So Kindle and iPad books have not devoured print? Can I answer that with a short “sentence” that would have horrified my 8th grade English teacher? Not. Even. Close.
Digital sales, which more than doubled every year for several years, have been flat for the last year or so, and are down from where they were a year ago. Oddly enough, however, despite significant digital sales, our print book sales have increased. Publishers (at least those who know how to collect and interpret data, and then use it effectively) have figured out that digital does not have to cannibalize print, and smart marketing can, in fact, have the reverse effect. In many instances we sell more print. (Digital spreads word of mouth, and believe it or not, many people buy both versions of some books.)
Is the market awash in Civil War books? Yes. We often hear something like, “There are so many books I can’t keep up with it!” Is this true? I would argue the entire premise is flawed and mocks your intelligence. The vast majority of individual titles sell barely a few hundred copies nationwide. (This is not true with Savas Beatie books, ever.) Why do they not sell very well? There are many reasons, and they merge into my next point which can be boiled down to this: because readers self-select. And we love doing it. Would you rather have a choice between 10 new books (like the old days) coming out during X period, or 100 new books like we have today? Choice is power, and we love it.
How do you self-select? For starters, how many out of that 100 do you really want to read? Now, how many are you willing to spend your hard-earned money on? That whittles it down quite a bit, doesn’t it? Readers keep up just fine with the deluge because most of the books are not on their “must-read” radars and they get shrugged aside.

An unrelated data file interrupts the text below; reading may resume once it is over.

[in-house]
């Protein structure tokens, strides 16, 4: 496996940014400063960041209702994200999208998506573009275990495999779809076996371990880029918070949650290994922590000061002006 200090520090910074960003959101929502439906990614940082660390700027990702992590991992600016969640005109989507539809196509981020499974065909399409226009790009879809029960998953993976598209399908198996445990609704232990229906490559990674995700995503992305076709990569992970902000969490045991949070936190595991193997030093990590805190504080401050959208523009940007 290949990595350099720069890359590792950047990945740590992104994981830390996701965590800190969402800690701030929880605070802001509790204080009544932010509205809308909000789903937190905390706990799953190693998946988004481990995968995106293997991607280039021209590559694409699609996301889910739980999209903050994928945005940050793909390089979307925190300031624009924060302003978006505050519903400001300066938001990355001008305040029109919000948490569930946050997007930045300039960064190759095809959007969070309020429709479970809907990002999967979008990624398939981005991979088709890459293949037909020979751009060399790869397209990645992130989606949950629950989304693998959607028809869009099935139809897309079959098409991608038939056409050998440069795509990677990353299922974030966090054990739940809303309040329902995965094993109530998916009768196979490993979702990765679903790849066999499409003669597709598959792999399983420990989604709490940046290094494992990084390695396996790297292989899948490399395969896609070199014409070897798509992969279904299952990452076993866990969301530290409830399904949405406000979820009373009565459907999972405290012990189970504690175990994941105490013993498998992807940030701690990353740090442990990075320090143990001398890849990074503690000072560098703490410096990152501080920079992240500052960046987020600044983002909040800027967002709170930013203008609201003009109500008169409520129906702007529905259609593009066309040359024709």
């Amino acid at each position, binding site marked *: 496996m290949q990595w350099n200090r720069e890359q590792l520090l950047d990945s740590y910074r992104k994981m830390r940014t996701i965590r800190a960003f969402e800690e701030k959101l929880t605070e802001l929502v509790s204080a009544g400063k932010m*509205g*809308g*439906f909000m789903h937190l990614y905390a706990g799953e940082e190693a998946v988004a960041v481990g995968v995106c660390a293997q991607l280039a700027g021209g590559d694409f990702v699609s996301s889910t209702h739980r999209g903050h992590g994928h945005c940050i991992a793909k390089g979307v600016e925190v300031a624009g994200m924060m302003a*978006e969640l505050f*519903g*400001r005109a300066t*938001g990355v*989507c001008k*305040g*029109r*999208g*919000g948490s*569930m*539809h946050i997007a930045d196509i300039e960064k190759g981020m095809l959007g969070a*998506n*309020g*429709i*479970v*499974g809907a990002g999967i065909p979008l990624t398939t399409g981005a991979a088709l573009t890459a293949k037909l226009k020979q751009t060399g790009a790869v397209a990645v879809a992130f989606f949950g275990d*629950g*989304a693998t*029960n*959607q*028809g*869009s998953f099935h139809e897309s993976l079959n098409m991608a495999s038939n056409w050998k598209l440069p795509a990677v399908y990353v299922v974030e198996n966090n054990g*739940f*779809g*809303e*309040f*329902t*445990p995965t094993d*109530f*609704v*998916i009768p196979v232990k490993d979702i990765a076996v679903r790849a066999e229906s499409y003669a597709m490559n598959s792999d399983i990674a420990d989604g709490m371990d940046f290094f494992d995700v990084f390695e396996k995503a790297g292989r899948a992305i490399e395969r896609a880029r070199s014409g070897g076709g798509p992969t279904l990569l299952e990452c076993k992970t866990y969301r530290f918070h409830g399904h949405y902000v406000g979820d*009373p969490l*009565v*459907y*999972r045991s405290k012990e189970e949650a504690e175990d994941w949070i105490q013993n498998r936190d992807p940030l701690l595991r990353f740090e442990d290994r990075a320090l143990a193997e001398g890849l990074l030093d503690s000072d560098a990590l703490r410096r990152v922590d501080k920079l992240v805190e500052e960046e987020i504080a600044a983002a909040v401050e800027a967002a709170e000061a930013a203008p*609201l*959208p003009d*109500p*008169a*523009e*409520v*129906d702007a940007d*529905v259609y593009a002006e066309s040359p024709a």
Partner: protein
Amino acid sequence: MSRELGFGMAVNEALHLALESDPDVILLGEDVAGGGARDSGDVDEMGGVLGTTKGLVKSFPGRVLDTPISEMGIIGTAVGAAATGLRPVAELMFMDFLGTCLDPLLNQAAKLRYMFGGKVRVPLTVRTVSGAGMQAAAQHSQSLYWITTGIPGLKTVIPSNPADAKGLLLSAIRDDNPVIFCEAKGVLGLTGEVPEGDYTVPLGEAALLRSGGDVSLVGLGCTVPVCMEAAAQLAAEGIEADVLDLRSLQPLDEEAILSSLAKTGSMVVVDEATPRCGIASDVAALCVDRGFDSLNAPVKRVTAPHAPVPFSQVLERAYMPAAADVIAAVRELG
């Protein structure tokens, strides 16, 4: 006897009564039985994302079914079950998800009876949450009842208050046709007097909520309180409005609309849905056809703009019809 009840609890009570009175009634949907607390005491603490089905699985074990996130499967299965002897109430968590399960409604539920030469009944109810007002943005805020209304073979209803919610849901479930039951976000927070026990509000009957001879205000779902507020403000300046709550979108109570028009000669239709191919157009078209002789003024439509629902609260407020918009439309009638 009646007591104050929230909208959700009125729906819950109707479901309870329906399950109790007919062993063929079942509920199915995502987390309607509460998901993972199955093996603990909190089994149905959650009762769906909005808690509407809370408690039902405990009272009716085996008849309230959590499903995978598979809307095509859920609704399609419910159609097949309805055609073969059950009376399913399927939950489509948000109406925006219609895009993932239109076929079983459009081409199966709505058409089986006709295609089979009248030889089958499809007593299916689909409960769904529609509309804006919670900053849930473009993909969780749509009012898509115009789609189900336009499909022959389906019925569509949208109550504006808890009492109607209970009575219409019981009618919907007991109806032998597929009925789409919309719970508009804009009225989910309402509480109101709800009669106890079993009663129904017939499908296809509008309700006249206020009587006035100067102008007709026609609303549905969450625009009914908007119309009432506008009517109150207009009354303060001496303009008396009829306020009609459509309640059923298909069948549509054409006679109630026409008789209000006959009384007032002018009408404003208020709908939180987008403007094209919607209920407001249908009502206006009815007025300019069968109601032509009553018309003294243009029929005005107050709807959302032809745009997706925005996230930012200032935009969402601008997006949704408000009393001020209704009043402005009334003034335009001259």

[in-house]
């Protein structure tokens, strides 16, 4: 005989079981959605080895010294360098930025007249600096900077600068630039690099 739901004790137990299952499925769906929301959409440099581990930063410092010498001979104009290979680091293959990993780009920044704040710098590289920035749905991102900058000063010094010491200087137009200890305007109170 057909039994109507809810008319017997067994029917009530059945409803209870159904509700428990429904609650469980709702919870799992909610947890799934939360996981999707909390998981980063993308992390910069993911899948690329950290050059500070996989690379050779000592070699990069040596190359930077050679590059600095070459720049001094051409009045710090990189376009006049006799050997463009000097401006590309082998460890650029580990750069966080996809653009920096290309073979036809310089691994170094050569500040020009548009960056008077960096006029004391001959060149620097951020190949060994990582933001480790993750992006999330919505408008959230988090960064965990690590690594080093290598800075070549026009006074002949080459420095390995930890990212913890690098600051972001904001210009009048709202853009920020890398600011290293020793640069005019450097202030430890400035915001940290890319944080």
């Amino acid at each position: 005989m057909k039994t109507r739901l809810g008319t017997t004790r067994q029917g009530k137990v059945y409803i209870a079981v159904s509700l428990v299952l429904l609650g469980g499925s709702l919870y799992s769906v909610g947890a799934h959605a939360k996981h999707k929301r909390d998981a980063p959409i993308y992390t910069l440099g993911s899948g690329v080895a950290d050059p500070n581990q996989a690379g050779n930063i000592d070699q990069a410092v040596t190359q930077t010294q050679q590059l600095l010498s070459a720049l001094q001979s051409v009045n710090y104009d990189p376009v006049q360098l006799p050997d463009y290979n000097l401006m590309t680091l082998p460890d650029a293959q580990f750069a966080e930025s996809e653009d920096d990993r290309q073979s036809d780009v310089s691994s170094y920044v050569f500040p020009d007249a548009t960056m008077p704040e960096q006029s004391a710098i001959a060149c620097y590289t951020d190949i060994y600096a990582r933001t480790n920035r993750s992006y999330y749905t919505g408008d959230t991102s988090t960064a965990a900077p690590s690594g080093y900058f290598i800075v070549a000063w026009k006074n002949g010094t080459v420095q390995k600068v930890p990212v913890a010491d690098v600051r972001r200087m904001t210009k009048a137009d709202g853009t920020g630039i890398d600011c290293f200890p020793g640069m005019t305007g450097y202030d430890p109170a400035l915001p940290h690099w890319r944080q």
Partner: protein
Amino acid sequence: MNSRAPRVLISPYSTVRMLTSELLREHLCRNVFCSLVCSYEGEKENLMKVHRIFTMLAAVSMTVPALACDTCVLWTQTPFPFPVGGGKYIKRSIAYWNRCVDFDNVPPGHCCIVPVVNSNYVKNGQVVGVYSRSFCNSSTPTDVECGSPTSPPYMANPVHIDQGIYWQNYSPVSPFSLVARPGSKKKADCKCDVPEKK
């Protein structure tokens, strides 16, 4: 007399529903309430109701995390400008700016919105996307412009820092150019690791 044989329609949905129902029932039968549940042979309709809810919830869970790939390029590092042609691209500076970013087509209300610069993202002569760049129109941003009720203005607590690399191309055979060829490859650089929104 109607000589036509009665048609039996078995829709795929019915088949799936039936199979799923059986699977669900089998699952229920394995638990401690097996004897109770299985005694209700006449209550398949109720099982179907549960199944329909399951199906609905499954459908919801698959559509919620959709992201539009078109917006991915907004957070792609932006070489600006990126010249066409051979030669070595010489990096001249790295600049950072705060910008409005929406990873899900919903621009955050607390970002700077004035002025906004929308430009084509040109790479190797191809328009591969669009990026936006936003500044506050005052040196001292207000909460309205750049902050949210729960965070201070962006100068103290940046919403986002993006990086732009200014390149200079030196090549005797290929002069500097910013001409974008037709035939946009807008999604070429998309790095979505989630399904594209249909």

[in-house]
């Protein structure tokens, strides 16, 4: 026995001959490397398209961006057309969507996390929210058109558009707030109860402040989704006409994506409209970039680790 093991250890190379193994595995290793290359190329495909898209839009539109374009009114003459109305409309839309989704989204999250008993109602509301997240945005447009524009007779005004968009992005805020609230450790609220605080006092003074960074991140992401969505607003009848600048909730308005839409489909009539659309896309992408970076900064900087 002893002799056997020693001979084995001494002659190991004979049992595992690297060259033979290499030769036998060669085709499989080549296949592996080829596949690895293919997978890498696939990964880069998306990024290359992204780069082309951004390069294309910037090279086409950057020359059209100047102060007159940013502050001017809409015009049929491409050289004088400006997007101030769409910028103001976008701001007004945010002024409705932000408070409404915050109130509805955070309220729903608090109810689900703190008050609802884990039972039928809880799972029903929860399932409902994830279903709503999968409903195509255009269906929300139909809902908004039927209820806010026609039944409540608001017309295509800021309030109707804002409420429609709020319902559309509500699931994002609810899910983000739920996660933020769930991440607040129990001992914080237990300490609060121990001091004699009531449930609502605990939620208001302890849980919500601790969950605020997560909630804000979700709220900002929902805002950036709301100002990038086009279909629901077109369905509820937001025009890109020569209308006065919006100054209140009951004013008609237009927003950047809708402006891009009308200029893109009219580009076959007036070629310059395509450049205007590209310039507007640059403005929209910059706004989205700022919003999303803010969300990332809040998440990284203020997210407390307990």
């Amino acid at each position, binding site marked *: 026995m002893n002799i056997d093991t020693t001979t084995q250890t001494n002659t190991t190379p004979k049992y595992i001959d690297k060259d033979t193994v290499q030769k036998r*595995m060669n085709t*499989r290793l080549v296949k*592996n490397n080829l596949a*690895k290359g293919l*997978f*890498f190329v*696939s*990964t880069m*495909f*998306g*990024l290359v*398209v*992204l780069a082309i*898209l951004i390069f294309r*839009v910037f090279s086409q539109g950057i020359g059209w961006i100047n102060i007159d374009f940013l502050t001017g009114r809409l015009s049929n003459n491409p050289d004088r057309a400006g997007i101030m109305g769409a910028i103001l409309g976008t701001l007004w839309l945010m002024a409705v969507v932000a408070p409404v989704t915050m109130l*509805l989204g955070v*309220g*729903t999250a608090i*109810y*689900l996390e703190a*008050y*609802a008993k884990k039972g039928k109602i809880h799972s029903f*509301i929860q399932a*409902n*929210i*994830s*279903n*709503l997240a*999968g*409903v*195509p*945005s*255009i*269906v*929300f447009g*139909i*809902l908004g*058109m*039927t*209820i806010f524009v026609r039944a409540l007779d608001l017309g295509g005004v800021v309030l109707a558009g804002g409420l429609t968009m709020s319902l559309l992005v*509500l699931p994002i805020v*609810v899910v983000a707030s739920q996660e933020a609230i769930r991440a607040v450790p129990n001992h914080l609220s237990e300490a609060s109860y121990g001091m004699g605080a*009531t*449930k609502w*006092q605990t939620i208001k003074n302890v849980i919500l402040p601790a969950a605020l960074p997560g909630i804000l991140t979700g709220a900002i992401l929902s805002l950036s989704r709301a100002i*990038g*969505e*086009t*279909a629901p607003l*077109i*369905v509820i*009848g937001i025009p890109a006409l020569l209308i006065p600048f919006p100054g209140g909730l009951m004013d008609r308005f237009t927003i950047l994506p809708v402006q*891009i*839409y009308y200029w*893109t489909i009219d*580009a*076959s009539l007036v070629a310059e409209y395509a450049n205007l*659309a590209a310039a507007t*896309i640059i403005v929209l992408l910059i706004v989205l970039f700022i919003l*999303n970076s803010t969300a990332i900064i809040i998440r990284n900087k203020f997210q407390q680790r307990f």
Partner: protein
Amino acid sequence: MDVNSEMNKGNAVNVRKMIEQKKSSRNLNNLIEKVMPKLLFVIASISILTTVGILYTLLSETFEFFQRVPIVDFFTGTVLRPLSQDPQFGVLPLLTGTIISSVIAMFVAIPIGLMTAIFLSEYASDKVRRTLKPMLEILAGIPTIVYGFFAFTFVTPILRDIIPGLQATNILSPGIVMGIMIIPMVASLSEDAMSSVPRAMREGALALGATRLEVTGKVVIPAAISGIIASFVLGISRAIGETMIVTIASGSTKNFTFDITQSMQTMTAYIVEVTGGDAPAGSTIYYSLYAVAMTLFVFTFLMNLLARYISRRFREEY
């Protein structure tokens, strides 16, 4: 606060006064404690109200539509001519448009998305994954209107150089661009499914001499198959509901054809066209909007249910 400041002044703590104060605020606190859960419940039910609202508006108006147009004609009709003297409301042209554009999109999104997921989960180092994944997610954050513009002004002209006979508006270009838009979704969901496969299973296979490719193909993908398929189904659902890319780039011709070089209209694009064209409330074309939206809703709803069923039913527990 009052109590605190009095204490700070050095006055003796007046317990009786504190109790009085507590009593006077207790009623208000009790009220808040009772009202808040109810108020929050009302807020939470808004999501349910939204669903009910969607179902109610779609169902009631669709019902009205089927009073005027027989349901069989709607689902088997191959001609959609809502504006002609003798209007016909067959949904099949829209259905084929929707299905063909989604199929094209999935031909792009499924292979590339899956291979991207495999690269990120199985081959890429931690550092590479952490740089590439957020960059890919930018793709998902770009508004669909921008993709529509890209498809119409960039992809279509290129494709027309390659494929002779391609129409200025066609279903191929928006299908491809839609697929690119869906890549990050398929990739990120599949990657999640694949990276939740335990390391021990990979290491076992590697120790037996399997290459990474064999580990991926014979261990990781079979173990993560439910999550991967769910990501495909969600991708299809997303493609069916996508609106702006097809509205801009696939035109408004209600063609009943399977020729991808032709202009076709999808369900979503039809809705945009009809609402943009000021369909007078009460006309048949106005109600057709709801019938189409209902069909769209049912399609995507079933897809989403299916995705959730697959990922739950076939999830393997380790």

Everyone has different interests. If you like reading about the Army of Northern Virginia, you don’t want to read most Union books, and certainly none on the Western or Trans-Mississippi theaters. If you are a fan of the West or the Union, the reverse is true. Maybe your thing is the navy. Or the cavalry. Or big-picture strategy and tactics. Or Confederate regimentals. Or . . .
Consider also there are some authors you will not read (even if their books are free), and there are some publishers you don’t trust and whose books you will not purchase. Many books are self-published. Those are always hit-and-miss in terms of quality, and many readers pass on the opportunity. (I am not arguing that is a good idea; I simply suggesting it is true.) Other readers will not buy books that have no maps, or books that got bad reviews, or books without a bibliography or notes or index. I can see many of you nodding in agreement. We have choices. We like all our choices. And we are adult enough to effectively self-select.
We are a PICKY bunch, with good reason. We are so very fortunate to be living in the Golden Era of Publishing. One can never have too many choices.
So is there a trend in what Civil Warriors are reading? Yes. That, too is clear, and it has never stopped. Readers want original, well-researched books in the area of their interest(s). They want them well-crafted and with lots of good maps. Our research is not certain on this point, but it appears that a majority of serious readers are more likely to buy a book with footnotes than with end notes.
When it comes to THE dominating interest that spikes all trends, it is battle studies in general and (here comes the shocker) Gettysburg in particular. Nothing else comes remotely close. The interest in that subject never wanes.
So now let me ask you? Is the book industry a dying business? Has digital has taken over everything? Do people still buy history books?”
Test next Tuesday. Open book.